"Hey!" Iolaus interrupted. "Do you guys mind not talking about me as if I wasn't here?" The captain glared at him, but the hunter stubbornly met the man's gaze head on. He'd had enough of being ignored and talked about in these past few days. Now that he was once more in control of himself, he wasn't going to put up with it if he could help it.
Astrephos sighed and tried to ease the tension he felt building between the two men. "Iolaus was drugged, Captain. I don't recognize the specific potion used, but he says it was supposed to make him lie."
Iolaus expected the captain to react with as much disbelief as the healer had. To his amazement, the man actually seemed to accept the explanation. "I've heard of a potion like that," Mulius stated.
"You have?" the healer asked skeptically.
Mulius shrugged. "I always thought it was something of a myth, but it's a well known one in some parts of the Arcadian highlands. The potion supposedly comes from the blossom of a rare plant. The thing blooms for one moon once every hundred years or so." Seeing the disbelief on the healer's face, the captain smiled wryly. "I'm just repeating what I heard as a child, Astrephos. Surely you've heard some of the locals refer to a 'liar's moon' before."
"Yes, yes I have," Astrephos admitted slowly. "Still, it's hard to credit such peasant superstition."
"It's definitely not a superstition, Astrephos," Iolaus interrupted grimly. "It has another effect as well." He shuddered at the memories of being under Ares' control but forced himself to continue. "It opens a human's mind to the influence of the gods. They can literally take you over."
"Take you.. Oh!" Astrephos exclaimed. "I know of that! I've heard that some temples use it to let the gods speak through their priests."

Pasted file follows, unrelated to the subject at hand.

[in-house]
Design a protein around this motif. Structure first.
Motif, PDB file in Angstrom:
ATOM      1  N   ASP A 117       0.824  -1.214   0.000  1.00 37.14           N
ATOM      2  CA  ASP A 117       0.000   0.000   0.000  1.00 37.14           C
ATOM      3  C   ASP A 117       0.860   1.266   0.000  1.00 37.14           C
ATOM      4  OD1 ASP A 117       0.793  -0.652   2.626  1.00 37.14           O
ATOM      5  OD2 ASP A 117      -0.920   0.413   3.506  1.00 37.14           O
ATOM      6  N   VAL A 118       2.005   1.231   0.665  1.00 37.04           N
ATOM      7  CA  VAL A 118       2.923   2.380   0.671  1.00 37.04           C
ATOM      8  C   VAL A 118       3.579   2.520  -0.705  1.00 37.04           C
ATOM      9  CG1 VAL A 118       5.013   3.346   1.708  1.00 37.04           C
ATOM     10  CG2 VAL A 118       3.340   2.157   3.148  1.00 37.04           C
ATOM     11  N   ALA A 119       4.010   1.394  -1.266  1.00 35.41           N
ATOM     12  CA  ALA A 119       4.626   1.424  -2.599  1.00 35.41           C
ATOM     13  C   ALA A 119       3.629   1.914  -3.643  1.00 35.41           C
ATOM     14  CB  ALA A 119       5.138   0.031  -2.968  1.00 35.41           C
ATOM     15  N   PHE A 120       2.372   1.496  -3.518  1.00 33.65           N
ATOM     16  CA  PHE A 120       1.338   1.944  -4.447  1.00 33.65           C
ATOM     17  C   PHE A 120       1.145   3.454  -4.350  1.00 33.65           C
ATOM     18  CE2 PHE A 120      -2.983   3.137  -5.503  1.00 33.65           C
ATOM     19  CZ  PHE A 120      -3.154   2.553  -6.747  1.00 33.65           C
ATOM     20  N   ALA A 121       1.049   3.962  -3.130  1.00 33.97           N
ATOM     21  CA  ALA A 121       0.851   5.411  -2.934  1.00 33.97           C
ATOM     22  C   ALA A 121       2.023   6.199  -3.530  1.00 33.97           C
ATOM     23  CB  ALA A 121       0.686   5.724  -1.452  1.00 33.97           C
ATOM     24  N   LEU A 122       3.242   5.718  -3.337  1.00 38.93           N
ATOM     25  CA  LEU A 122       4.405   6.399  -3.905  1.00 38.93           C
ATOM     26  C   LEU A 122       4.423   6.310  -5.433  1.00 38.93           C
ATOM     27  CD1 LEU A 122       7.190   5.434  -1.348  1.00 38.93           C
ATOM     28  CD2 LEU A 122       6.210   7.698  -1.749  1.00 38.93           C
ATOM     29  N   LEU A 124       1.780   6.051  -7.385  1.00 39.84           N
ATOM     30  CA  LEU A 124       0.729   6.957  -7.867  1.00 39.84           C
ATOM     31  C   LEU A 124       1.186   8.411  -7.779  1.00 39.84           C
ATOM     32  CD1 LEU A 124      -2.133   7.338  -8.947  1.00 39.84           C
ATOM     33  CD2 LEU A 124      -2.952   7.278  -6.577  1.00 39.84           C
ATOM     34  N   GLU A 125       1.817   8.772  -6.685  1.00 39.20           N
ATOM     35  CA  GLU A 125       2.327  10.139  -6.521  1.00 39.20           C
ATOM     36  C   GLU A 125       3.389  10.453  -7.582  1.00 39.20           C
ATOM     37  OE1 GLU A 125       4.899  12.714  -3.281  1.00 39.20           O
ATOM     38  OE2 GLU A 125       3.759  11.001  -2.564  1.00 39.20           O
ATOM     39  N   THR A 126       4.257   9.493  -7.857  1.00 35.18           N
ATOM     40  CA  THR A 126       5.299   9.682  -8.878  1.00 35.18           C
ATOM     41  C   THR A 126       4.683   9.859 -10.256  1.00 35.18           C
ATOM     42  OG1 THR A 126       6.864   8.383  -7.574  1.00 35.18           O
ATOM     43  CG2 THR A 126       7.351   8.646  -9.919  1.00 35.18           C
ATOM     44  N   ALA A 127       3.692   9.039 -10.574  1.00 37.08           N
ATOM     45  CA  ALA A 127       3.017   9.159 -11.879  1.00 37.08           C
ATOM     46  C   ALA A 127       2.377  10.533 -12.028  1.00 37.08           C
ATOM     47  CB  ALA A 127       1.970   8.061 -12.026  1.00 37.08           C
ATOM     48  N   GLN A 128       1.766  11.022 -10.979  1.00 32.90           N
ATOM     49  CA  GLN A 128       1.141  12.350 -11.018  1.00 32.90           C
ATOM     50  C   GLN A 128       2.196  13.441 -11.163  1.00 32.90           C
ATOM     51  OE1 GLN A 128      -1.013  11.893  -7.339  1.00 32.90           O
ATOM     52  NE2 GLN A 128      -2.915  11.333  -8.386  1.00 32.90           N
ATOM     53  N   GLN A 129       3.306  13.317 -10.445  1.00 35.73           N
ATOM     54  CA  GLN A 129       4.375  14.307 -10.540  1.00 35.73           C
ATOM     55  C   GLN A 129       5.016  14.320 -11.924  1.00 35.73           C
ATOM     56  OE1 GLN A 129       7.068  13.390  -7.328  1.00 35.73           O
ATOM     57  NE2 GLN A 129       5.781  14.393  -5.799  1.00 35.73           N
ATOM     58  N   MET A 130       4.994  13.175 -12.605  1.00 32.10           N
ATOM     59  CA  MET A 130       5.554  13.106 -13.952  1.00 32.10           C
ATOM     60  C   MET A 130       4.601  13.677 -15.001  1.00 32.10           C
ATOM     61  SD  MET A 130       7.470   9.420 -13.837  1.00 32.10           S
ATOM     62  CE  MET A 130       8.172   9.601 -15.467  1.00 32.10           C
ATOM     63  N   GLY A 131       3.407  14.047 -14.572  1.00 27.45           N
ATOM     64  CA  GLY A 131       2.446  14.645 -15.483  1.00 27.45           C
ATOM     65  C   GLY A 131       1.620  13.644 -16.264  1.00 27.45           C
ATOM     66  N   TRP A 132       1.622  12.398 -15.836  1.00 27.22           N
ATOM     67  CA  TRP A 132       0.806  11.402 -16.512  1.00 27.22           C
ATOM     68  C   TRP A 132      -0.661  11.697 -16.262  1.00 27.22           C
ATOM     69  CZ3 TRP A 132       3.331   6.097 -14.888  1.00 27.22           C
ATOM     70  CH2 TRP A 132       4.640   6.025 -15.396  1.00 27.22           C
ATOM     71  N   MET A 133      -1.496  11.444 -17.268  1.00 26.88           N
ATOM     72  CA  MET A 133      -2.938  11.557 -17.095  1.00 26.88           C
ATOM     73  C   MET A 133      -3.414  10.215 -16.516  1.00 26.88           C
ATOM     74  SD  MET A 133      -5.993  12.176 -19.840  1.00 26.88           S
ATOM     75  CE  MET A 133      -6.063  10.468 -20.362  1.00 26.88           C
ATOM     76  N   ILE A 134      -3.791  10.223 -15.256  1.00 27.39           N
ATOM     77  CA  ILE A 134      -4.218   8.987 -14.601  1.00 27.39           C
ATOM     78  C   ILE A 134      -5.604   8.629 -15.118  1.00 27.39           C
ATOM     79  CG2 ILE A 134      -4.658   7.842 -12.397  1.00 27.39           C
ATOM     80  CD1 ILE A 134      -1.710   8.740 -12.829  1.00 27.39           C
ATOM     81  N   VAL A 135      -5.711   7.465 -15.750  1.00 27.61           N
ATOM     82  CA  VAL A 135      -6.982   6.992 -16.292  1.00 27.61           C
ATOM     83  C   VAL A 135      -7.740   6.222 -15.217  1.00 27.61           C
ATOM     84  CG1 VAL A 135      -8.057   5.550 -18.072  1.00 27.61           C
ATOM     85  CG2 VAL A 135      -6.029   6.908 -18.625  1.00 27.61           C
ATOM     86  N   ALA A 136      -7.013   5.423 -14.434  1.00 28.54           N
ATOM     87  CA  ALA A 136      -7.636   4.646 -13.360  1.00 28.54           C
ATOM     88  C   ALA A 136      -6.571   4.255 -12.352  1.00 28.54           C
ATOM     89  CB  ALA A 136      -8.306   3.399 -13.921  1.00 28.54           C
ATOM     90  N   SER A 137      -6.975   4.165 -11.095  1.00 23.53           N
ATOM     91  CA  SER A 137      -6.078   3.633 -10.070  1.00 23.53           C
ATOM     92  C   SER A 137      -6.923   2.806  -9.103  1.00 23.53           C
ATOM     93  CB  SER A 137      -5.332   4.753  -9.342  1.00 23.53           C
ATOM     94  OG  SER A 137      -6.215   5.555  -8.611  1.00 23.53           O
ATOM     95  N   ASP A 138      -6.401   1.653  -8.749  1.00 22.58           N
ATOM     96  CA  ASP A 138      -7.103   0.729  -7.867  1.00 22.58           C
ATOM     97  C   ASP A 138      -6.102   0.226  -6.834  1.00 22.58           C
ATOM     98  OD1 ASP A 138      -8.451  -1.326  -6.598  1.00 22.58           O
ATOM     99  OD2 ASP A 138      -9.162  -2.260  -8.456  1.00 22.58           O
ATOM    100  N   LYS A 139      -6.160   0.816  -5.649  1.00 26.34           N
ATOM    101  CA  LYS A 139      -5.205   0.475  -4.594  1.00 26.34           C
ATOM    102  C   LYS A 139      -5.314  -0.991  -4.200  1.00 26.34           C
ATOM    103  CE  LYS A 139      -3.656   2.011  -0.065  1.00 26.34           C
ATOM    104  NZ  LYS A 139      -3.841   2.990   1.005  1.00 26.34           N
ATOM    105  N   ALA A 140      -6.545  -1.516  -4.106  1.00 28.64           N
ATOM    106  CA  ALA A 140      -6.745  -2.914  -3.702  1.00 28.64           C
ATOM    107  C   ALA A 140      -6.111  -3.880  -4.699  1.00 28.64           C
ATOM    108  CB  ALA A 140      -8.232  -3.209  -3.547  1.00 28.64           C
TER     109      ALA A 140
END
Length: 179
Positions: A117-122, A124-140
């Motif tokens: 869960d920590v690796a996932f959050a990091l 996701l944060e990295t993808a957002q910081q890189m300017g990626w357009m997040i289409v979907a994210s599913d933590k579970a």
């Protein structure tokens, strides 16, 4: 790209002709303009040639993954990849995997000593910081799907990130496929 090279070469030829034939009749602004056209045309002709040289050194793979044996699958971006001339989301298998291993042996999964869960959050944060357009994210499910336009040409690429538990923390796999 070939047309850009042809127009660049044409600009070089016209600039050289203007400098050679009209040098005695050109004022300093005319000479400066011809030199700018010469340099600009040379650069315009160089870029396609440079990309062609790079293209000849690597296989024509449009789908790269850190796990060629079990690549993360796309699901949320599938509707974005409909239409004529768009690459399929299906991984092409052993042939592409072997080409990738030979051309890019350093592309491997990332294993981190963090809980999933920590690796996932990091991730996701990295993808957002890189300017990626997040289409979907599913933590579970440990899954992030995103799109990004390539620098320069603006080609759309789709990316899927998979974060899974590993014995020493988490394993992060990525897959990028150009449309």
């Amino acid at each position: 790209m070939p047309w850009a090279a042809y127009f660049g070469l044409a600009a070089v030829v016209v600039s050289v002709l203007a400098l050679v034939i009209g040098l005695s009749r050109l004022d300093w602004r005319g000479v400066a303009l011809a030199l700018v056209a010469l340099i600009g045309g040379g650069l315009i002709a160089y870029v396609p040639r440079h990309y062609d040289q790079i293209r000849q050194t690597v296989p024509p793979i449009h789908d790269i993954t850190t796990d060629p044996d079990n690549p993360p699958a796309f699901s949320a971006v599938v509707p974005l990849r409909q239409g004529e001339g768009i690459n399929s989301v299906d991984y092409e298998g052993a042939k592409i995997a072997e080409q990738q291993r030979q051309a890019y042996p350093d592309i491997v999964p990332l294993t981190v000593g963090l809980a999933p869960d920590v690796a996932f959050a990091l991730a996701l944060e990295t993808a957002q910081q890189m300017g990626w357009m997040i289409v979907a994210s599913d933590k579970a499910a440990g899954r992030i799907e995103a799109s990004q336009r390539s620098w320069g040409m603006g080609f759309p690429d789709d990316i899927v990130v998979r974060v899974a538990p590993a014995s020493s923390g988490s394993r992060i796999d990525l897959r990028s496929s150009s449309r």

Iolaus laughed weakly. "So Ares wasn't as smart as he thought he was!"
"Ares?" The captain exclaimed. "What does Ares have to do with this?"
Quickly Iolaus explained Ares' plan and how the god had used him to try to destroy Hercules. When he finished the captain sat silent for a long time, frowning in thought. Finally he looked up and met Iolaus' gaze. "Well, if what you say is true, this definitely changes things," he told Iolaus. "Hercules will back up your story?"
"Well, uh, I'm not sure," Iolaus replied hesitantly. "I don't really know how much he heard before he showed up."
"How much who heard?"
All three jumped, startled by the new voice. Hercules smiled to see his friend once more awake and aware.
"Herc!" Iolaus exclaimed happily. "It's good to see you! But what are you doing out of bed? Astrephos said you haven't been sleeping! You really should follow your healer's advice."
Hercules burst into laughter. "Now I know you're going to be fine, my friend. You're babbling again."
Astrephos snorted. "You're a fine one to talk, young man," he told Iolaus. "When you haven't yet touched the medicine I gave you."
Hercules tried to frown at Iolaus, but couldn't quite wipe the grin off his face. "Iolaus, drink your medicine."
"But, Herc," Iolaus faked a whine and glanced slyly at his friend under lowered eyelids.
"No buts," Hercules scolded the hunter. "You do as you're told!"
The captain and the healer had both watched the interaction between the two, now Astrephos stepped forward. "I'm prescribing more rest for Iolaus, starting as soon as he finishes his medicine." He glared at Iolaus, when the hunter opened his mouth to protest. "No more delays, young man! Drink it now."
As Hercules laughed at the hunter's expression, Astrephos turned on him. "And you," the healer glared at Hercules. "I thought I told you to get some rest?"
"I did!" the demi-god protested in surprise.
"Hmmph!" Astrephos snorted in disbelief. "Not enough, I'll wager." Exerting his authority, Astrephos began herding everyone out of the room. "Out! All of you out now! You can talk to Iolaus later!"
With a shrug and a 'who-can-argue-with-that' grin at Iolaus, Hercules allowed himself to be chivied from the room. His last view of the hunter was of Iolaus grimacing as he drank his medicine, the healer standing impatiently over him.
Relieved that his partner was going to be alright, Hercules turned to head back to his own bed and came face to face with the captain of the guards.